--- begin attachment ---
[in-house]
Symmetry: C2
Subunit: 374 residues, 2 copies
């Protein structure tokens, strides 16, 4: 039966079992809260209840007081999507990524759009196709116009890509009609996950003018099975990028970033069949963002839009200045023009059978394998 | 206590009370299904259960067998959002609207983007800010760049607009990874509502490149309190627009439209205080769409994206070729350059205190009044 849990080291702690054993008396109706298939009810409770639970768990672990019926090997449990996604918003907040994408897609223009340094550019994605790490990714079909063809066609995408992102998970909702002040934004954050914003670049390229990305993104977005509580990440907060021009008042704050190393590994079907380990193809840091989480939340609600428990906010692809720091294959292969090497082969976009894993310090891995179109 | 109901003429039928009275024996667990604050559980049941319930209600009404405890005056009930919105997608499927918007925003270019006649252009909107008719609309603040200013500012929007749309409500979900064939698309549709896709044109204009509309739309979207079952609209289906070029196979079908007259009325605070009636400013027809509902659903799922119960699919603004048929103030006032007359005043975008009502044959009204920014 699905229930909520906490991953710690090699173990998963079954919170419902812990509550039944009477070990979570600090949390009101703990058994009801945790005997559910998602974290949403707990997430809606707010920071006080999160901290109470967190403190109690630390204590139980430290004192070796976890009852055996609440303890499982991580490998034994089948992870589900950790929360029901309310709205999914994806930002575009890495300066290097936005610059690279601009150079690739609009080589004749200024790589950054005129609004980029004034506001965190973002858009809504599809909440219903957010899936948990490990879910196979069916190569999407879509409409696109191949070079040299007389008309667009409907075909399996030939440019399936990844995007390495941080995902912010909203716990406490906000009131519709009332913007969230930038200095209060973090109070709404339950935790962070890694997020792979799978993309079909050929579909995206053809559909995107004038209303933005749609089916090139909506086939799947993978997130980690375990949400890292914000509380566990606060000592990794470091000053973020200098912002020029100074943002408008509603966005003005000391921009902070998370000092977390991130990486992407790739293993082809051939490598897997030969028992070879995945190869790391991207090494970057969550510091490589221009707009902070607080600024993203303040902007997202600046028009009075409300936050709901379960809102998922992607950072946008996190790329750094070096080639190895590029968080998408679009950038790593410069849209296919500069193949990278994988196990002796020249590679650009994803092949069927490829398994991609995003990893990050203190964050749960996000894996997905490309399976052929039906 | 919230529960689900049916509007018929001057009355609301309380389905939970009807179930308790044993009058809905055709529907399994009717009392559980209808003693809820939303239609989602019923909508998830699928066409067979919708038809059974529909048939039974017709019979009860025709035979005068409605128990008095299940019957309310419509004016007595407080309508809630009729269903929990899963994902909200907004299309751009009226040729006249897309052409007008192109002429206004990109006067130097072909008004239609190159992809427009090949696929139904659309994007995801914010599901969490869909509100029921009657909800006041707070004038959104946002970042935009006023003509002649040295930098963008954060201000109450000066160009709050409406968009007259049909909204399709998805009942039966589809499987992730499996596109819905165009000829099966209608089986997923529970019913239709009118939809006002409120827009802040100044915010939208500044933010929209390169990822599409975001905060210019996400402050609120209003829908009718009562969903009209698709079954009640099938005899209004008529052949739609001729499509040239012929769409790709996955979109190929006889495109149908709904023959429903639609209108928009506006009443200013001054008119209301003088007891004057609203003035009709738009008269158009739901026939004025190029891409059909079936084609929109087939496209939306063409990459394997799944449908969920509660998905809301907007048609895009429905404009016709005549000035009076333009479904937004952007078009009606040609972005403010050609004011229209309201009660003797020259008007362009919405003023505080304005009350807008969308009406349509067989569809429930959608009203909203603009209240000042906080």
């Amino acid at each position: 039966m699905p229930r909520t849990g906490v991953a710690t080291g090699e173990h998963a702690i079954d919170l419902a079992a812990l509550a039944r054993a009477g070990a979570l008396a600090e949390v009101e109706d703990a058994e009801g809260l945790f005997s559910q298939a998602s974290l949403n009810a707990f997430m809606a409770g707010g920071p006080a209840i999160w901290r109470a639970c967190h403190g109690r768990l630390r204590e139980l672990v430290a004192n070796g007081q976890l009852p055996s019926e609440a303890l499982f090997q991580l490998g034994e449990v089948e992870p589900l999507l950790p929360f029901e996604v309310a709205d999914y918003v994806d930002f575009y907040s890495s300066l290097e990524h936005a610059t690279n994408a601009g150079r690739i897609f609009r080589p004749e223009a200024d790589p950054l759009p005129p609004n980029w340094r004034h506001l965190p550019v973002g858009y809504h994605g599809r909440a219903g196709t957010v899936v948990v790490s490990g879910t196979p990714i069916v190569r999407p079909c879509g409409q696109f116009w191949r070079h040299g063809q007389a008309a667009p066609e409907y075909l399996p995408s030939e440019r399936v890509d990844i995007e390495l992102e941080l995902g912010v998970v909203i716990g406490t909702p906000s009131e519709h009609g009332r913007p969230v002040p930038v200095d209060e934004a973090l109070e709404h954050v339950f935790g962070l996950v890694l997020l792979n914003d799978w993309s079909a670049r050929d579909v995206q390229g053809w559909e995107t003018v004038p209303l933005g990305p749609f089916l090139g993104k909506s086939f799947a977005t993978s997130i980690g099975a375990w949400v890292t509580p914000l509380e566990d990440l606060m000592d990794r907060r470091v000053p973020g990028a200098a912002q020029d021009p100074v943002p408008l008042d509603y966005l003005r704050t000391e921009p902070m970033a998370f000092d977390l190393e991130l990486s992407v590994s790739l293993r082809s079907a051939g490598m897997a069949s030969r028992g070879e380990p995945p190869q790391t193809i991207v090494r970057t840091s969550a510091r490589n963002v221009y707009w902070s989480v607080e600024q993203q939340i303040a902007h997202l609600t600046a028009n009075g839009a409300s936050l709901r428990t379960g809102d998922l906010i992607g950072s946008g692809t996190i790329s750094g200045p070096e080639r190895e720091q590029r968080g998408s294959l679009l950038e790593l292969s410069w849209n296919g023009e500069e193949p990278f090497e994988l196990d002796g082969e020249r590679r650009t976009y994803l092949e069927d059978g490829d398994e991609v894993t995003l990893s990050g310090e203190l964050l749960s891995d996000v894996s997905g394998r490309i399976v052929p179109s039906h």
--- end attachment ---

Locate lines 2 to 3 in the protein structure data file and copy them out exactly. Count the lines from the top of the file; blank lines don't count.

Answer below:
Symmetry: C2
Subunit: 374 residues, 2 copies